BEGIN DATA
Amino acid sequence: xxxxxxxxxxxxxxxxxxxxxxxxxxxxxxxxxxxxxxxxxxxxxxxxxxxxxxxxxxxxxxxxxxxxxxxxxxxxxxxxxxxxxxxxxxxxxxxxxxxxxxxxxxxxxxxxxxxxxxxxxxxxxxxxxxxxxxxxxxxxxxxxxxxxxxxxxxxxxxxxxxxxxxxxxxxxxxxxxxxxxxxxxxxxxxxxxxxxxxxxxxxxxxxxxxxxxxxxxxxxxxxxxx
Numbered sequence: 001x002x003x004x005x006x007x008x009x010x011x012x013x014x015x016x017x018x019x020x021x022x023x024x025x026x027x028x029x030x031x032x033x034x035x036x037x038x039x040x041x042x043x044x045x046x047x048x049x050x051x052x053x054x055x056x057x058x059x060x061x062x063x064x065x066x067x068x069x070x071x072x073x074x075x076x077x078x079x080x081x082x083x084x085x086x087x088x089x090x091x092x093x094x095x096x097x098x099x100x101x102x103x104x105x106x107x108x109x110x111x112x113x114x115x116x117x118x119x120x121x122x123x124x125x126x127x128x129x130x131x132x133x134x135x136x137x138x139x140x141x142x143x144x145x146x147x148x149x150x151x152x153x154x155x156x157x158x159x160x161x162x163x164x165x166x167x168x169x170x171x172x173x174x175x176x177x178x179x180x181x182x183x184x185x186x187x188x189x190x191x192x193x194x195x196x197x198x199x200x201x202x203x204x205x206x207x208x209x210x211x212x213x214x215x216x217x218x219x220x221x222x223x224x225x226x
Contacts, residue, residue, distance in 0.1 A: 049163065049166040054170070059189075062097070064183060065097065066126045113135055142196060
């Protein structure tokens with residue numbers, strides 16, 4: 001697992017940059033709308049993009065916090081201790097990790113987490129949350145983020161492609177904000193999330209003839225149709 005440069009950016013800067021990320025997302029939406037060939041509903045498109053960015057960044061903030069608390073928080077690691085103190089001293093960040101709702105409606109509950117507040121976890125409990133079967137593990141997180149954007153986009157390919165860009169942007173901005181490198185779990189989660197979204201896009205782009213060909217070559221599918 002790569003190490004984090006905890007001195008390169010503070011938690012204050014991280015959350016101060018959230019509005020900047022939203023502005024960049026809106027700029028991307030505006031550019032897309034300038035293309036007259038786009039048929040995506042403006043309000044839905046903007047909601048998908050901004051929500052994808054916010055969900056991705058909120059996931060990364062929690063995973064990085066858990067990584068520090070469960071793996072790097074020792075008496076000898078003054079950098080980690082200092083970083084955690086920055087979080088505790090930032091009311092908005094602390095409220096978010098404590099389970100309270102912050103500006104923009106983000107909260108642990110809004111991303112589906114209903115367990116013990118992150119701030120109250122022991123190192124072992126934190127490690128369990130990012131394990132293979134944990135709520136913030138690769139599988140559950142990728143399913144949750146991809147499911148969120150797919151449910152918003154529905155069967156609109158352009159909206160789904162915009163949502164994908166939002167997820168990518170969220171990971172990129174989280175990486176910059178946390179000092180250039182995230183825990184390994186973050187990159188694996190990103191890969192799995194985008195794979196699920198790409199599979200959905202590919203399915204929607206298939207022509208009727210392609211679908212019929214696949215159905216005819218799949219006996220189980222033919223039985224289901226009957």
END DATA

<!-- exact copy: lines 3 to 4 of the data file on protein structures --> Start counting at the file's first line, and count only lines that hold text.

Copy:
Contacts, residue, residue, distance in 0.1 A: 049163065049166040054170070059189075062097070064183060065097065066126045113135055142196060
């Protein structure tokens with residue numbers, strides 16, 4: 001697992017940059033709308049993009065916090081201790097990790113987490129949350145983020161492609177904000193999330209003839225149709 005440069009950016013800067021990320025997302029939406037060939041509903045498109053960015057960044061903030069608390073928080077690691085103190089001293093960040101709702105409606109509950117507040121976890125409990133079967137593990141997180149954007153986009157390919165860009169942007173901005181490198185779990189989660197979204201896009205782009213060909217070559221599918 002790569003190490004984090006905890007001195008390169010503070011938690012204050014991280015959350016101060018959230019509005020900047022939203023502005024960049026809106027700029028991307030505006031550019032897309034300038035293309036007259038786009039048929040995506042403006043309000044839905046903007047909601048998908050901004051929500052994808054916010055969900056991705058909120059996931060990364062929690063995973064990085066858990067990584068520090070469960071793996072790097074020792075008496076000898078003054079950098080980690082200092083970083084955690086920055087979080088505790090930032091009311092908005094602390095409220096978010098404590099389970100309270102912050103500006104923009106983000107909260108642990110809004111991303112589906114209903115367990116013990118992150119701030120109250122022991123190192124072992126934190127490690128369990130990012131394990132293979134944990135709520136913030138690769139599988140559950142990728143399913144949750146991809147499911148969120150797919151449910152918003154529905155069967156609109158352009159909206160789904162915009163949502164994908166939002167997820168990518170969220171990971172990129174989280175990486176910059178946390179000092180250039182995230183825990184390994186973050187990159188694996190990103191890969192799995194985008195794979196699920198790409199599979200959905202590919203399915204929607206298939207022509208009727210392609211679908212019929214696949215159905216005819218799949219006996220189980222033919223039985224289901226009957």